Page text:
In contrast, Trembling Before G-d, directed by Sandy Simcha DuBowski in 2001, arouses a sense of claustrophobia. DuBowski forces us to experience the constrictions of the struggling orthodox GLBT Jews who are the subject of his film.
The level of secrecy around their queer identity varies among the different people depicted in the film. These include a married Orthodox woman in Jerusalem who is so closeted that we know her only through her masked profile (she is filmed in the dark) and her distorted voice.
A lesbian Orthodox couple â€œMalkahâ€ and â€œLeahâ€, who were high school sweethearts in Brooklyn, allow the camera to film their bodies but not their faces. It is a painful experience for the viewer to watch this disembodied pair cooking and praying, knowing that they are terrified of being fully seen.
Yet some are willing to be completely visible. Live-wire Mark from London is torn between ecstatic dancing in Yeshivas (a seminary for unmarried Orthodox Jewish men) and dressing up as a queen at Jerusalem Pride. Charismatic Israel flails passionately with his hands, as he speaks of going through electro-shock therapy as a young boy and hunger for reconciliation with his homophobic father.
All of them bare their souls, revealing what being gay and religious has cost them. Some, like Israel, vehemently believe it is impossible to be Orthodox and queer. Others, like the first openly gay orthodox Rabbi Steven Greenburg, believe the two lifestyles can be reconciled.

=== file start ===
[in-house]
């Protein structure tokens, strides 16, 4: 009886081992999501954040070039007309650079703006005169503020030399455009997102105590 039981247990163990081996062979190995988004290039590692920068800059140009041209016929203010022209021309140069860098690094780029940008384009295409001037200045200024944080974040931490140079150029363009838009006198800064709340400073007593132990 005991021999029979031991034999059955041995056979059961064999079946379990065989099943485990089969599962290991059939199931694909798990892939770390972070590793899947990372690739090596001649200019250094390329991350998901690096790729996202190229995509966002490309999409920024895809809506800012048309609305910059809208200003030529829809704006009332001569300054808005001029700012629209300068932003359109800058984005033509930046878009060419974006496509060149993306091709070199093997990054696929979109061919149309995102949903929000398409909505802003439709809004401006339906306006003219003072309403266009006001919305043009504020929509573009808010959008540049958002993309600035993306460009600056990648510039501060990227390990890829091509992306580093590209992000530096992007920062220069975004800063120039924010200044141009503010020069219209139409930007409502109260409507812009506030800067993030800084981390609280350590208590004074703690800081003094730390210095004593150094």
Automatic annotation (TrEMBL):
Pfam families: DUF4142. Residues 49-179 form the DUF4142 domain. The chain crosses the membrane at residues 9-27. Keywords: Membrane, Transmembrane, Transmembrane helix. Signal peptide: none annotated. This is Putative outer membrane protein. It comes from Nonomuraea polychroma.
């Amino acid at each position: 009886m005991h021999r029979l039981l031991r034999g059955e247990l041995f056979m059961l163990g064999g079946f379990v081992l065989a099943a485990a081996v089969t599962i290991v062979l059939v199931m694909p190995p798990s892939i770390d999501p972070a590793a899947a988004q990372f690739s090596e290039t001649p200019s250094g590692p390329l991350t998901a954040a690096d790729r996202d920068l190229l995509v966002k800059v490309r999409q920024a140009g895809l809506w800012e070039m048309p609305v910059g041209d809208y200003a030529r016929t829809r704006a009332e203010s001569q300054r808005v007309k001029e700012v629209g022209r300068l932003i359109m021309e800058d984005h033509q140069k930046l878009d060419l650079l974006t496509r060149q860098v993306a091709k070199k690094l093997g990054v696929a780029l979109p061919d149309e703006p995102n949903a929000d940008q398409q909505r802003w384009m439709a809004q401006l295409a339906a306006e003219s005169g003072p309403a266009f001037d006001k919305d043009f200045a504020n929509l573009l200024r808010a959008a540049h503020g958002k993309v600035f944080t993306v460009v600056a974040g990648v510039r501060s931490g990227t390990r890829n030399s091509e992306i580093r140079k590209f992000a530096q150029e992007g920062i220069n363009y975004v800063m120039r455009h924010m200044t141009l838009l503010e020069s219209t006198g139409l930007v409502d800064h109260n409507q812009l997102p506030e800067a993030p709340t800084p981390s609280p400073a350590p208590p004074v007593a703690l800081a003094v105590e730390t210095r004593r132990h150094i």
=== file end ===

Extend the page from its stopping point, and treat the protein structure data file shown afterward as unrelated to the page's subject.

While the question of reconciliation is not answered in Trembling Before G-d, it is an important and groundbreaking film. The movie gives rise to intense empathy for these Jews who resist giving up their faith.
Trembling Before G-d has won numerous awards. In 2001 it was an official selection at the Sundance Film Festival, was awarded the Teddy Award for Best Documentary Film at the Berlin Film Festival, the Outfest Grand Jury Award, and the Seattle Gay and Lesbian Outstanding Documentary Feature. In 2002 the film won the Glitter Award for Best Documentary (voted for by the U.S. Gay Press), and in 2003 it took the GLAAD Media Award for Outstanding Documentary.
Perhaps the largest testament to the power of the film is in the DVD special feature Trembling On the Road which documents the aftermath of the film across the world. In it we learn that Trembling Before G-d has started a historically unprecedented worldwide movement. The film has become a tool in sparking dialogue and educating Orthodox Jews and other faiths across the world.
Being an Orthodox Jew and a LGBT person can bring a deep level of shame that is compounded by religious and societal homophobia. This has been a subject that historically has been shut away and silenced. Yet by speaking out, the individuals in the two movies have created hope for those suffering in silence.
Both movies point out there is hope in unifying being highly religious and gay, even if it is extremely difficult and laden with sacrifices. Some Orthodox LGBT Jews have created their own support groups, while others try to penetrate the current Orthodoxy. A movement has now begun for those who need to be religious and gay without the loss of an entire community.